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Technology reduces human impact

The always perceptive Indur Goklany has turned his attention to
, the formula by which some environmentalists insist that
human impact (I) gets worse if population (P), affluence (A) or
technology (T) increases. This simple formula has become highly
influential, but it fails to explain why human well being keeps
increasing as P, A and T climb ever higher:


Environmentalists explain away this inconvenient truth as merely
implying that we have managed to postpone disaster and it will be
all the worse when it comes. But it’s far more plausible that
what’s going on is that much new technology actually reduces

The acres needed to support a single person’s lifestyle keep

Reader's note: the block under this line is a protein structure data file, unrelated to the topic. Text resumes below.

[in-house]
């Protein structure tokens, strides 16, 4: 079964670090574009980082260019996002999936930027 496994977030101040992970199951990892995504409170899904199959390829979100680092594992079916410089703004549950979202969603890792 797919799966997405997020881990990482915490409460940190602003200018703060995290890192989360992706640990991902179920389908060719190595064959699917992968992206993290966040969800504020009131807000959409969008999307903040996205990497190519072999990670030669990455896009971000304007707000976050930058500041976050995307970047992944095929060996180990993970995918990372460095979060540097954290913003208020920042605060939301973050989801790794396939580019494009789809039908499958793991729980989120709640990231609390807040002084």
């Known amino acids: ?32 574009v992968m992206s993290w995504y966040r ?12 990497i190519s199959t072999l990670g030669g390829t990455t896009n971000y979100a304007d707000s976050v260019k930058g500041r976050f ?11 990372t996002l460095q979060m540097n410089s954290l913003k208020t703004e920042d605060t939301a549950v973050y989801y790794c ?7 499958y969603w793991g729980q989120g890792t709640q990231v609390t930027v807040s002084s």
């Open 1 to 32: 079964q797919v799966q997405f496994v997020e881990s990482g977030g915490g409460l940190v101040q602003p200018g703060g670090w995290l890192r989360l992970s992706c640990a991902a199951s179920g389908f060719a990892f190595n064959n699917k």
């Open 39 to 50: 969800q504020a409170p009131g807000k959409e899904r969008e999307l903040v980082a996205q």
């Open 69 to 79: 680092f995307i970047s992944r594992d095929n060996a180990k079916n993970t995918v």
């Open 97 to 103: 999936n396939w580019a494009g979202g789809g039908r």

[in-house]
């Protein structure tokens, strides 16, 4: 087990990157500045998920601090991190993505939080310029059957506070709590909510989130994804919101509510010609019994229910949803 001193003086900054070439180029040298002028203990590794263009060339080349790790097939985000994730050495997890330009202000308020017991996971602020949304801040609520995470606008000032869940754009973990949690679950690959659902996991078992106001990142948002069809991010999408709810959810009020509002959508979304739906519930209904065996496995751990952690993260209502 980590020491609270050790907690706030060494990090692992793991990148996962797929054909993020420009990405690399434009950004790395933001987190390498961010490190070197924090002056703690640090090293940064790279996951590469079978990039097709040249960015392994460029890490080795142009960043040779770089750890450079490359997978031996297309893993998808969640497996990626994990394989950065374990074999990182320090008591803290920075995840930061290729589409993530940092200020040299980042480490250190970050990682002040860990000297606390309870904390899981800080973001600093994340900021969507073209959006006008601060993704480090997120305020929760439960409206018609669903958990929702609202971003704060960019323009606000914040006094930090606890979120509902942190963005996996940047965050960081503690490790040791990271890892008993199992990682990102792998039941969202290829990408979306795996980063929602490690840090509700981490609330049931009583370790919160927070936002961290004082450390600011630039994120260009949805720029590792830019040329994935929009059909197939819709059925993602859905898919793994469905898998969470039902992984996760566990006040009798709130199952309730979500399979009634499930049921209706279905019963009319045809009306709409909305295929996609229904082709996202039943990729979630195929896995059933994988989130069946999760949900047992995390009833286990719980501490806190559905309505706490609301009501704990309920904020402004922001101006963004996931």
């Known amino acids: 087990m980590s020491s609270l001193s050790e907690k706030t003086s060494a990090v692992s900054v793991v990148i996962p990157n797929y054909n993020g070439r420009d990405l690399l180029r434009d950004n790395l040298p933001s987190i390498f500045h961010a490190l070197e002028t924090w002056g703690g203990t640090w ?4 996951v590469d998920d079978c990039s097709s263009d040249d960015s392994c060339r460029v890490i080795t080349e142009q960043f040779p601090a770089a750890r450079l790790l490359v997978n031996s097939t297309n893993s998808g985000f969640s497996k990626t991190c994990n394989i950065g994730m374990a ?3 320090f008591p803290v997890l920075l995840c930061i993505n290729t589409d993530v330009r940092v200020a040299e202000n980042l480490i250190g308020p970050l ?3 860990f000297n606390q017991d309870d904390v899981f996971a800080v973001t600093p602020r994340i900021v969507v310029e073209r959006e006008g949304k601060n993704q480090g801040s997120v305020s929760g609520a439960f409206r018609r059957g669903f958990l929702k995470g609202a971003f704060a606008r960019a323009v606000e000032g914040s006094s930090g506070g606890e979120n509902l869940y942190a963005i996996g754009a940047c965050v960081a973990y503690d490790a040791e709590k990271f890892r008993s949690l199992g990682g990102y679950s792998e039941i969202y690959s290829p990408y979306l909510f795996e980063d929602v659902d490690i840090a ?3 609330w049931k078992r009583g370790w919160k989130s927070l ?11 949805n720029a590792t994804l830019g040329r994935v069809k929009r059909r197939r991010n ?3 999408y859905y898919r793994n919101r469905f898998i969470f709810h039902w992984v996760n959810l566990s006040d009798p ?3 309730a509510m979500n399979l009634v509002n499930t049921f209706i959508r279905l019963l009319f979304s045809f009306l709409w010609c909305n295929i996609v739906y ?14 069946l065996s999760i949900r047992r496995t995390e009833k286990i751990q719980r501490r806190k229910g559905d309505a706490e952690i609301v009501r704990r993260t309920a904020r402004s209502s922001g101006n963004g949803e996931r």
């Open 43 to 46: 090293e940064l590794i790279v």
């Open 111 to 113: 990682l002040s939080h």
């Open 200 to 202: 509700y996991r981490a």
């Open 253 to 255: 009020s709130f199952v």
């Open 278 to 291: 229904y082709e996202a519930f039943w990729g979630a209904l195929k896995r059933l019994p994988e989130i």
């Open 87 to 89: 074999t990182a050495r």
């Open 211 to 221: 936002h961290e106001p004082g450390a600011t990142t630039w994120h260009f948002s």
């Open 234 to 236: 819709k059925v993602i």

going down and down. Today the same 700m hectares of land devoted
to growing cereals produce three times more food than they did in
1961. Today burning coal to make electricity is 40% efficient,
whereas a Newcomen engine was 1% efficient.

Those are food and fuel example, but there are others relating
to shelter, clothing and even light. An electric light bulb
requires far, far less land than a tallow candle made from the fat
of a sheep did — for an equivalent amount of light. (Does anybody
have the exact numbers here: I have been trying to find out how
many candles could be made from a single sheep or a single sperm
whale spermaceti organ?)

Land isn’t everything, of course. But the same is true of other
resources. Whales, for example. If petroleum had not been
discovered, most whales would be extinct.



By Matt Ridley | Tagged:  rational-optimist